By Marlin Keys for I Blog
Whether these things are stranger than fiction, or too strange to be anything but fiction, there are some genuinely creepy urban legends that have done the rounds in South Africa.
A country rich in diverse cultures also means it’s rich in legends. But how many stories handed down over the years – the ones that make us gasp, and see our jaws drop – could actually be true?
Urban legends may be disproved 99% of the time. Yet that 1% might as well have two more zeroes on the end. If just one thing previously thought to be myth actually happened, then it opens the doors of possibility to every other ghost, ghoul and shadowy figure that has haunted Mzansi over the years.
South Africa’s creepy urban legends:
1. Adam’s Calendar, Mpumalanga
If you visit this spot in Mpumalanga, you’ll see something quite remarkable. Around 75,000 ago, dwellers on the land created stone formations that look pretty innocuous at first glance. But as we’ve learned more about the universe, it would seem the designs correspond perfectly with star signs and equinoxes.
Did ancient South Africans craft a celestial calendar millennia before the likes of Galileo? Or did they get a helping hand for somewhere else? Much like the perfectly-crafted pyramids of Giza, the design is just too advanced for that time period.
2. The Pinky Pinky / Umdlwenguli Obomvu
You may remember this one from your childhood, because it spread like wildfire back in the day. The ‘Pinky Pinky’ is an androgynous, jarring creature with rose-tinted skin, eyes, and shocking pink hair.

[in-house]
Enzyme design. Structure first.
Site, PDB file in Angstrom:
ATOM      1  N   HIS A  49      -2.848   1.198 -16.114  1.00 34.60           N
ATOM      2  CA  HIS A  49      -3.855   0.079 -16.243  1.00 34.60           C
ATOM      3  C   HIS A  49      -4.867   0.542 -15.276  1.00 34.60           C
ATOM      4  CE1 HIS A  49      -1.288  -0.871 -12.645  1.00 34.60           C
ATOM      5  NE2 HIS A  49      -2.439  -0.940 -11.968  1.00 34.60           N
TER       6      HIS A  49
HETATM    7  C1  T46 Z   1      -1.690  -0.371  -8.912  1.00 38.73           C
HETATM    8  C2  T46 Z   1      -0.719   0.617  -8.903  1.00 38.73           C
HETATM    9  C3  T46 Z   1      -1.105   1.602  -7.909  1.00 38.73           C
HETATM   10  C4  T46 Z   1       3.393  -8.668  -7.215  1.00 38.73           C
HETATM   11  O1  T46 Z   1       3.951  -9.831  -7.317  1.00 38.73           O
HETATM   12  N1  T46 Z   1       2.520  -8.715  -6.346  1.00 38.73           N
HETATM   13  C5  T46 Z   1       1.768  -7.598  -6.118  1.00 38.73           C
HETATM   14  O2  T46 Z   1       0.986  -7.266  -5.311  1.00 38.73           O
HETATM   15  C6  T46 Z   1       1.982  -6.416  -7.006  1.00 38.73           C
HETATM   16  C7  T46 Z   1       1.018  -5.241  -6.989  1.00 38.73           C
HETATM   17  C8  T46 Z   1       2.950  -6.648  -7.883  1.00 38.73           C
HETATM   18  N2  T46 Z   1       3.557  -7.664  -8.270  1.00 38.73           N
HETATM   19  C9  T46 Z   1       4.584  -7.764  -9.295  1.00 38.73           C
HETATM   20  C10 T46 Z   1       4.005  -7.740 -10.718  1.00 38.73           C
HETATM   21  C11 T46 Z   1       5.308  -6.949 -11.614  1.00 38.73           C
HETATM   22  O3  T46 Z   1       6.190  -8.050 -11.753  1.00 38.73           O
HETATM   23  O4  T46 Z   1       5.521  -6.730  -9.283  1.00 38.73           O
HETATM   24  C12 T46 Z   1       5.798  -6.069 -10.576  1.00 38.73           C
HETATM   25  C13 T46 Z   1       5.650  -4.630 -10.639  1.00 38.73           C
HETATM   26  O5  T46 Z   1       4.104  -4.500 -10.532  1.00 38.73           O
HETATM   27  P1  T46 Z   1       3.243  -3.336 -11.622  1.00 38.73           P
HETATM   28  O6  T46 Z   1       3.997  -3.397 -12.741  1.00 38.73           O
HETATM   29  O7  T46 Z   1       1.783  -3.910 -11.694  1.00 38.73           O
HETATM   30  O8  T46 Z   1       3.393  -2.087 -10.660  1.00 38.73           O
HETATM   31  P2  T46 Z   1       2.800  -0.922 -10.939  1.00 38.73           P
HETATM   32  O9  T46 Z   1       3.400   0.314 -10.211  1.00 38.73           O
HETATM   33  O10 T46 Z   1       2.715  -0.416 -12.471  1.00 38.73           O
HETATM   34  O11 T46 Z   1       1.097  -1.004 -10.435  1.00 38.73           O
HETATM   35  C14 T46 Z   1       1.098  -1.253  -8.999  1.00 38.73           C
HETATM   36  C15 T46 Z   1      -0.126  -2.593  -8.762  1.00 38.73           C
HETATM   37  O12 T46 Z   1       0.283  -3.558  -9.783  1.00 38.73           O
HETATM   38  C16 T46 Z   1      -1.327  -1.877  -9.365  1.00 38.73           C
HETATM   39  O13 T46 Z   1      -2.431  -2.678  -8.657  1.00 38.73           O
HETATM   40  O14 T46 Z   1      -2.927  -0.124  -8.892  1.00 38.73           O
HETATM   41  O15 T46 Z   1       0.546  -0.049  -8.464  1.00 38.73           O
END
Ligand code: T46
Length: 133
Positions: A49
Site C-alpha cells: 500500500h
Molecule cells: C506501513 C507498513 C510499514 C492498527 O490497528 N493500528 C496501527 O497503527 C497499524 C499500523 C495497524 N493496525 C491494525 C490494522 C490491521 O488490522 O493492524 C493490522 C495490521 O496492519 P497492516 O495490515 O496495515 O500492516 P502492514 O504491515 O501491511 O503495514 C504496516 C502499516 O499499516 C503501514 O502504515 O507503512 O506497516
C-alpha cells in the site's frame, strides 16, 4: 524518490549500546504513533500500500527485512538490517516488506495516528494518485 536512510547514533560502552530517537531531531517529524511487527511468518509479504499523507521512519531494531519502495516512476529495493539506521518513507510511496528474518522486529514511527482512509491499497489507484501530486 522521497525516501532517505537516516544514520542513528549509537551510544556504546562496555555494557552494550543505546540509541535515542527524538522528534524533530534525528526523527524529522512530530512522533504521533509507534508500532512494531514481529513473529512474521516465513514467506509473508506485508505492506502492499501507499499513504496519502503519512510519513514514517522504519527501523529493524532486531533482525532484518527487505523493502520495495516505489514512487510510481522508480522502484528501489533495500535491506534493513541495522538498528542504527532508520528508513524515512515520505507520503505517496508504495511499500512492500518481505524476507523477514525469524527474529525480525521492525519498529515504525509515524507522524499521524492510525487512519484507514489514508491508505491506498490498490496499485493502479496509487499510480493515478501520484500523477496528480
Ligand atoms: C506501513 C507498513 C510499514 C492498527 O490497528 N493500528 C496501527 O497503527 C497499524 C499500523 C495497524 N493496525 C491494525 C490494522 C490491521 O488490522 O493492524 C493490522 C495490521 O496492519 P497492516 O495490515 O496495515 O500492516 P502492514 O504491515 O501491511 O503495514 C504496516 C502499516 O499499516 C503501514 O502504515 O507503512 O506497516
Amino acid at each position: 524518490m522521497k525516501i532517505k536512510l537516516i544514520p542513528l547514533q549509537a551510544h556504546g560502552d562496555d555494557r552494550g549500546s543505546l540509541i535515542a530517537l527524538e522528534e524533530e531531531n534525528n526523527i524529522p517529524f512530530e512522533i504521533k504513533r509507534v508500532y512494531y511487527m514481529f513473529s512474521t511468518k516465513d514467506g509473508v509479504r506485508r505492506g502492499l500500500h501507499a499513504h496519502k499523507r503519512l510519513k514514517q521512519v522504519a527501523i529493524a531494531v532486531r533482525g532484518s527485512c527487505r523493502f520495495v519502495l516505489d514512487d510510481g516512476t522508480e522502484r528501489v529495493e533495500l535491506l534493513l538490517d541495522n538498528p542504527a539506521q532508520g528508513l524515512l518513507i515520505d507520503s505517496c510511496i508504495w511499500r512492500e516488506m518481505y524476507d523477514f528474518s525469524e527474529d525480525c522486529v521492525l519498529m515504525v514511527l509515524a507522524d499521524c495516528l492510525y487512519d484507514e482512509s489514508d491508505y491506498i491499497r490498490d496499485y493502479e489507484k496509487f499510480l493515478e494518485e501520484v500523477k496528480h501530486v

It targets girls, particularly those dressed in pink underwear, just to torment them. Usually spotted in schools, the apparition’s legend grew as parents used the story to stop their kids from breaking curfew, or stopping out too late; if you weren’t home by a certain time, The Pinky Pinky would make you their next victim.
3. Mermaids of the Karoo
The mythical creature is thought to occupy the pools of the Buffelsjag in the Karoo waters. It’s a belief strongly held by many locals, who point to a number of unmarked grave in the areas as proof that victims are being lured to a watery death.
If you thought mermaids were meant to be nice, forget it. These lot use every trick in the book to add to their body count. According to legend, the creatures make people believe they have whatever their heart desires. Pale skin, long black hair, and red eyes are listed as the mermaids’ features (oh yes, there’s more than one).
4. Murderous bird-men of the Eastern Cape
A deeply spiritual place, the Eastern Cape is home to a higher concentration of witch doctors than anywhere else in the country. Some sangomas dabble with arts no other dark sorcerers would even consider, though.
The Impundulu (Lightning Bird) is man-sized, and can switch between human and ornithological forms. When it attacks people, it sucks the blood from their bodies like a terrifying squawking Dracula.
5. Afterlife imprisonment at The Castle of Good Hope
Have you heard the one about Governor van Noodt? It’s another popular story that has made it through the castle’s walls over the years, and sends chills down the spine…
Whilst overseeing the hanging of several soldiers – an execution he ordered – one of the men cursed him before meeting his demise. The curse was to condemn van Noodt to an afterlife trapped in the Castle of Good Hope, where he imprisoned and tortured so many others.
According to the urban legends, he still roams the halls, looking on towards spooked visitors. He casts a keen eye over those who dare enter, as if he was looking on towards the condemned again.
6. Highway Sheila
Decades ago, a girl named Sheila was trying to flag down help for her broken down vehicle on the N2 highway. A group of men pulled over, but they weren’t in the mood to help her out. They committed a brutal gang rape, murdered her, and abandoned her by the roadside.
Sheila can still be spotted, on this same stretch of road. She’s trying to hitch a ride home in the dead of night. Her legend has persisted over the years, with Chatsworth residents (a town close by) swearing by her existence. If you are making your way around KZN, it’s perhaps a wise idea not to pull over for anyone pale or glowing.